University of Tasmania
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Feeding behaviour of larval greenback flounder Rhombosolea tapirina

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posted on 2023-05-26, 23:05 authored by Cox, Elizabeth S
Understanding the feeding behaviour of larval fish is critical for determining optimal management protocols in aquaculture and understanding larval prey selectivity patterns of wild fish populations. This study examined the feeding performance of cultured greenback flounder larvae Rhombosolea tapirina, using the live feed organisms Brachionus plicatilis (rotifers), and Artemia sp., to determine the primary sensory modality involved in feeding, the relationship between mouth dimensions and prey size selected, and the effect of previous exposure to a prey species on subsequent prey selection. The proportion of larvae that fed on rotifers in the light (light intensity of 5-6 µmol.m-2 .s-1 ), increased significantly from 66% to 96% from day 12 to day 27 post-hatching, respectively. In comparison, the proportion of larvae that fed on rotifers in total darkness (0 µmol.m-2 .s-1 ) never exceeded 5% during the same period. This indicated that greenback flounder larvae were primarily dependent upon vision (a light dependent behaviour) to feed, with a lesser reliance upon non-visually mediated detection of prey. Internal horizontal dimensions of the mouth of greenback flounder larvae determined from serial histological sections, increased in a linear fashion with both increasing body size and age of larvae. Examination of the ratio of Artemia prey size (total length, carapace width, and carapace width with appendages) to larval mouth width, suggested that prey carapace width, not prey width with appendages, or prey length, limited the size of prey ingested, indicating that larvae must visually orient to ingest the prey head-on. When greenback flounder larvae were offered one of three discrete size fractions of Anemia prey, both prey size and larval age significantly effected larval feeding response. On days 12 - 17 post-hatching, larvae ingested Artemia prey of a single size range (100 - 200 µm screened size), which was considerably smaller than they were capable of ingesting. From 19 - 20 days of age and thereafter, there was a marked change in feeding performance, with larvae able to ingest all three Artemia prey size ranges offered (100 - 200 µm, 300-390 pm and 450 - 560 µm screened size, respectively), probably reflecting an ontogenetic increase in larval sensory capability, swimming speed and prey handling ability. Prior feeding experience of greenback flounder larvae to either rotifers only (Rotifer Treatment) or a mixed diet of Artemia and rotifers (Artemia and Rotifer Treatment), significantly effected subsequent prey selection when larvae were offered a mixed diet of Artemia and rotifers, but did not effect the temporal onset of selection of the novel prey species (Artemia) by Rotifer Treatment larvae. Therefore the differences in prey selection by larvae with or without prior exposure to Artemia prey, was not due to the inability of larvae to handle and ingest a novel prey species, but reflects positive selection for familiar prey species. The latter indicates a learned component in the feeding behaviour of fish larvae. This has implications for the timing of the introduction of new live prey species during intensive culture of marine fish larvae.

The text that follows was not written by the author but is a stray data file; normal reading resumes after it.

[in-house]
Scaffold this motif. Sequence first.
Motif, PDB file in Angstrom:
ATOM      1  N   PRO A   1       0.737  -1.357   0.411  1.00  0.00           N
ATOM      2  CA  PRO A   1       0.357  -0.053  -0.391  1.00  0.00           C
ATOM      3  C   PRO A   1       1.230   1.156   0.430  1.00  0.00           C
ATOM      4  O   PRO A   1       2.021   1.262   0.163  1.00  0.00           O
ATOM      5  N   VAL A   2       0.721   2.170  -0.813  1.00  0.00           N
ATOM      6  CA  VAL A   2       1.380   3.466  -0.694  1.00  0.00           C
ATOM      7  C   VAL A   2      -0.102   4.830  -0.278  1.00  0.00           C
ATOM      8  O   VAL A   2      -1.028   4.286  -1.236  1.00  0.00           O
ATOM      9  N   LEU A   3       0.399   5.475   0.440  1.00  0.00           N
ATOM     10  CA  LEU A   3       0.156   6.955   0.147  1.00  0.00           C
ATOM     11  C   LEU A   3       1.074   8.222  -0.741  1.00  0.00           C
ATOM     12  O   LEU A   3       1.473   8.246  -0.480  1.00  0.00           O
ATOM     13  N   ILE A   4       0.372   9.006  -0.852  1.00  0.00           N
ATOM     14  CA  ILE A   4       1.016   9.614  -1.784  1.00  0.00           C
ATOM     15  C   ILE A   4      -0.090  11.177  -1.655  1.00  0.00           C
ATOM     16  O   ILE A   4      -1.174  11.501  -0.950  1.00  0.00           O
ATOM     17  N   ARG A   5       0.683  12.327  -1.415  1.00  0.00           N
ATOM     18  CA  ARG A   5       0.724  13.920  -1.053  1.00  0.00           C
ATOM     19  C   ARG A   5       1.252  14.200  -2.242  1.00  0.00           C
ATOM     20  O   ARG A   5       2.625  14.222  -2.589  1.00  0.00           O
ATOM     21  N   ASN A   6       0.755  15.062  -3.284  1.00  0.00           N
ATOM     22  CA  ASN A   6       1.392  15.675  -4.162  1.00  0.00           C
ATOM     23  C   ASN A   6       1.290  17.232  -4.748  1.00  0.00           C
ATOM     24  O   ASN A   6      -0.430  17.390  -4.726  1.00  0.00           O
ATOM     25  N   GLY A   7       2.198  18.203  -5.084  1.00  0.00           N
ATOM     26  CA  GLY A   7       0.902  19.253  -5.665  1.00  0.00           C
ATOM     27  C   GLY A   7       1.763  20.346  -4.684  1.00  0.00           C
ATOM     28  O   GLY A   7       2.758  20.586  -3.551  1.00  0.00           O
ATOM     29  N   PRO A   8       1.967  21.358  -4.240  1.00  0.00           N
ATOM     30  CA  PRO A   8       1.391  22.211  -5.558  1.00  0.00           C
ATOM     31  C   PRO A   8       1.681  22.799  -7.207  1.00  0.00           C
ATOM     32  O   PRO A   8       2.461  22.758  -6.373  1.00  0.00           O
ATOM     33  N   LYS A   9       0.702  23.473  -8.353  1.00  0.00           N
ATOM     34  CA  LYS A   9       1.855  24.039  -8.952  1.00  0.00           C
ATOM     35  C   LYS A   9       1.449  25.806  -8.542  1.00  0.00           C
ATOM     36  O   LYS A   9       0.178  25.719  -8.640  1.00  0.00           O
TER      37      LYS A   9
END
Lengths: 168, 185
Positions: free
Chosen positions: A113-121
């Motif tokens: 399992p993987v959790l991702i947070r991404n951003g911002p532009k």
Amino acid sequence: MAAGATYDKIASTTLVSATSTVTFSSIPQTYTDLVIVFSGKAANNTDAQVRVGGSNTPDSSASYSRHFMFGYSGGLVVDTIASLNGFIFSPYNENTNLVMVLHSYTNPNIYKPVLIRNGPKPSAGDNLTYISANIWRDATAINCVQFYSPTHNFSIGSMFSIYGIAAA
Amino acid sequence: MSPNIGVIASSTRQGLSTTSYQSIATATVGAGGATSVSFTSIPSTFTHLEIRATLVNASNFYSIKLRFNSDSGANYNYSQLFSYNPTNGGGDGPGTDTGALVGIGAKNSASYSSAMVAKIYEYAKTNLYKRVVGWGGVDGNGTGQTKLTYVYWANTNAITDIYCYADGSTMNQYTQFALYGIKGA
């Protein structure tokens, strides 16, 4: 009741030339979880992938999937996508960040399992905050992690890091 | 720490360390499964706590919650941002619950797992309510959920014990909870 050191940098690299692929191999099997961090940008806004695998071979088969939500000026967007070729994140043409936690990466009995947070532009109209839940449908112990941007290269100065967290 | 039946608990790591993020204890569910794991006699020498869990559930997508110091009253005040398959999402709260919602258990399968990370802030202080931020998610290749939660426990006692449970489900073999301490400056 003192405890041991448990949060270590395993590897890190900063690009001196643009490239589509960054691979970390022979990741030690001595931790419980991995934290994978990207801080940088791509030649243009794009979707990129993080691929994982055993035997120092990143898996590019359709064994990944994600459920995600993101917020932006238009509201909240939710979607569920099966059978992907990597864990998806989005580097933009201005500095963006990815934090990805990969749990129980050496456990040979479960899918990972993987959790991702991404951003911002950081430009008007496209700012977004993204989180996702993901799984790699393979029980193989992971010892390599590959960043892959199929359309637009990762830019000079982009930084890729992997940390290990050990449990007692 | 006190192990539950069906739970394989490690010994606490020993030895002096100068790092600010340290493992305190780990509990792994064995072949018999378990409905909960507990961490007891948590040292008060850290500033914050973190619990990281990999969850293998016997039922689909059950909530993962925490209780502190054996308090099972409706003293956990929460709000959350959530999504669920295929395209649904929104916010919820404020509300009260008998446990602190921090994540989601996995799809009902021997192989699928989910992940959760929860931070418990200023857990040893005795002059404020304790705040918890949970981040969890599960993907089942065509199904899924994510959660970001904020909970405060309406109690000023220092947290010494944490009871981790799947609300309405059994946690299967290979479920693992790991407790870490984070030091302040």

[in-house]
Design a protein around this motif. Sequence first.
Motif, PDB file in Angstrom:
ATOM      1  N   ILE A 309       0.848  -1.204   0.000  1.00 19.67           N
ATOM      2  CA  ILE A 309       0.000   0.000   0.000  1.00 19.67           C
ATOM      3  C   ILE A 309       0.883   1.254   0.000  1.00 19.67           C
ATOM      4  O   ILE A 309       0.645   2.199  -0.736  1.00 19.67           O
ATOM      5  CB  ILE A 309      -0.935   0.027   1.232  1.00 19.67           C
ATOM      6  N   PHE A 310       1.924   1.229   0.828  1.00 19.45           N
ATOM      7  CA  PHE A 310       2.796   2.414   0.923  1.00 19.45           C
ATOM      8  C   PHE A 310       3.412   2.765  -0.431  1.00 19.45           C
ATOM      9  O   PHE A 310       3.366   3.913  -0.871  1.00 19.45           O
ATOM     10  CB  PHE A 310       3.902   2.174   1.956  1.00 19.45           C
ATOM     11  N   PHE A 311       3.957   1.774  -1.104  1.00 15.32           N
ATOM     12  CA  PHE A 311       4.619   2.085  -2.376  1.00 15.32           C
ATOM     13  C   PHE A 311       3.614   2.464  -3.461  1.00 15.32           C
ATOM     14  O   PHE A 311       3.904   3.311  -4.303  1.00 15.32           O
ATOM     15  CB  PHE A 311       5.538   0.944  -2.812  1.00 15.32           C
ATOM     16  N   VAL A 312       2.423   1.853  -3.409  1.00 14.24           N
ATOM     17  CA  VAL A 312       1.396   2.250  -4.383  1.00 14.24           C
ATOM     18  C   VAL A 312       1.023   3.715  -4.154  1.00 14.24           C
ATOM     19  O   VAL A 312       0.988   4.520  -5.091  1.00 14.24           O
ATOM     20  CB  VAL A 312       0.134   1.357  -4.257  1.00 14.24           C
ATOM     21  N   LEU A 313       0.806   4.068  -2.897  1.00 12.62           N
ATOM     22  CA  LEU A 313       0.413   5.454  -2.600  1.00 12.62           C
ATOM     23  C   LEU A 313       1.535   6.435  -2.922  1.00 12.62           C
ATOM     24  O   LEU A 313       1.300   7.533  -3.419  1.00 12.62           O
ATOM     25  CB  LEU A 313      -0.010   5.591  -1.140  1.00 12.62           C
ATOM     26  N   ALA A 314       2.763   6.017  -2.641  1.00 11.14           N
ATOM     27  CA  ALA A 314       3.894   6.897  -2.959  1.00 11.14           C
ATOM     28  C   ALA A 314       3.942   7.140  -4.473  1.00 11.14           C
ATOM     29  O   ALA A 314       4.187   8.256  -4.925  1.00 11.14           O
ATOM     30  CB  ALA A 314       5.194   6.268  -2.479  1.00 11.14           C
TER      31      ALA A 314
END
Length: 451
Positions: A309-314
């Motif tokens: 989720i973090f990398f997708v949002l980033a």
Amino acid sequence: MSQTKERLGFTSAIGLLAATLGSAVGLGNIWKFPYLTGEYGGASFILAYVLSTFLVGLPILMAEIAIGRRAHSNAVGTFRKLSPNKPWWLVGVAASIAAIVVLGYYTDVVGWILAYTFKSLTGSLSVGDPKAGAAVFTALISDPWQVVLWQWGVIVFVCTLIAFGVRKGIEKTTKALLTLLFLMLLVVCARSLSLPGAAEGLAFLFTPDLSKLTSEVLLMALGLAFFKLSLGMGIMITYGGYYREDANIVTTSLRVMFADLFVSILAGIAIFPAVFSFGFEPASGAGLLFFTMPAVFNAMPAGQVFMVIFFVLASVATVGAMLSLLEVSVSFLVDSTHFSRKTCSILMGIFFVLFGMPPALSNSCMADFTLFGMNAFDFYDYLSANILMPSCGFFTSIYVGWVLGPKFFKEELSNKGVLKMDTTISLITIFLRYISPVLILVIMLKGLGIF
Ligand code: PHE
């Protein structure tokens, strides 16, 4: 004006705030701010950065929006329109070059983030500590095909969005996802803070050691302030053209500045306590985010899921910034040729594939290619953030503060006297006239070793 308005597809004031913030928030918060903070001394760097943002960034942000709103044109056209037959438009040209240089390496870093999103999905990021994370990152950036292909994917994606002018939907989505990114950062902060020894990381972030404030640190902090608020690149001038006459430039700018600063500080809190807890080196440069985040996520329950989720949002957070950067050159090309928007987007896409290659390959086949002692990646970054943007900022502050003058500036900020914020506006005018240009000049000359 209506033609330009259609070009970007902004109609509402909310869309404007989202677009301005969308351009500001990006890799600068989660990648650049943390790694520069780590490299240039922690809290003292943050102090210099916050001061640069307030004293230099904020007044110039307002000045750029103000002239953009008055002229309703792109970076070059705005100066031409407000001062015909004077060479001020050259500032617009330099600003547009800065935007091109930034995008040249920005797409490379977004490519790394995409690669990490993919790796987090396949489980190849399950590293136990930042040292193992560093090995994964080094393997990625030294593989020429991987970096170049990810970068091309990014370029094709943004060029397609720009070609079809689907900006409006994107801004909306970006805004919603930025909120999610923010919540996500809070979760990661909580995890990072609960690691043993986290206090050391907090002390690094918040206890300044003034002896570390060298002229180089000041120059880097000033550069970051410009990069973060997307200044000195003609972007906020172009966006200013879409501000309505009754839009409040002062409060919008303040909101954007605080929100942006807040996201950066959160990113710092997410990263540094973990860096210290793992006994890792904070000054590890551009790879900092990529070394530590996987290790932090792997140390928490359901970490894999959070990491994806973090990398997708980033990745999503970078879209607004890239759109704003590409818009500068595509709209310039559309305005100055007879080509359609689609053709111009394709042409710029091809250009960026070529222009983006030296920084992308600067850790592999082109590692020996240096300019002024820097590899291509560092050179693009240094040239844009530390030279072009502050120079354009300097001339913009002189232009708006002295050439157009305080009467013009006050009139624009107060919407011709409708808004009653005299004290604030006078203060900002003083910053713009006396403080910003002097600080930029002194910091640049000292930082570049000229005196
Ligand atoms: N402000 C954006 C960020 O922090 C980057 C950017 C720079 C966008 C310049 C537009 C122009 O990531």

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Copyright 1997 the Author - The University is continuing to endeavour to trace the copyright owner(s) and in the meantime this item has been reproduced here in good faith. We would be pleased to hear from the copyright owner(s). Thesis (M.App.Sc.)--University of Tasmania, 1998. Includes bibliographical references

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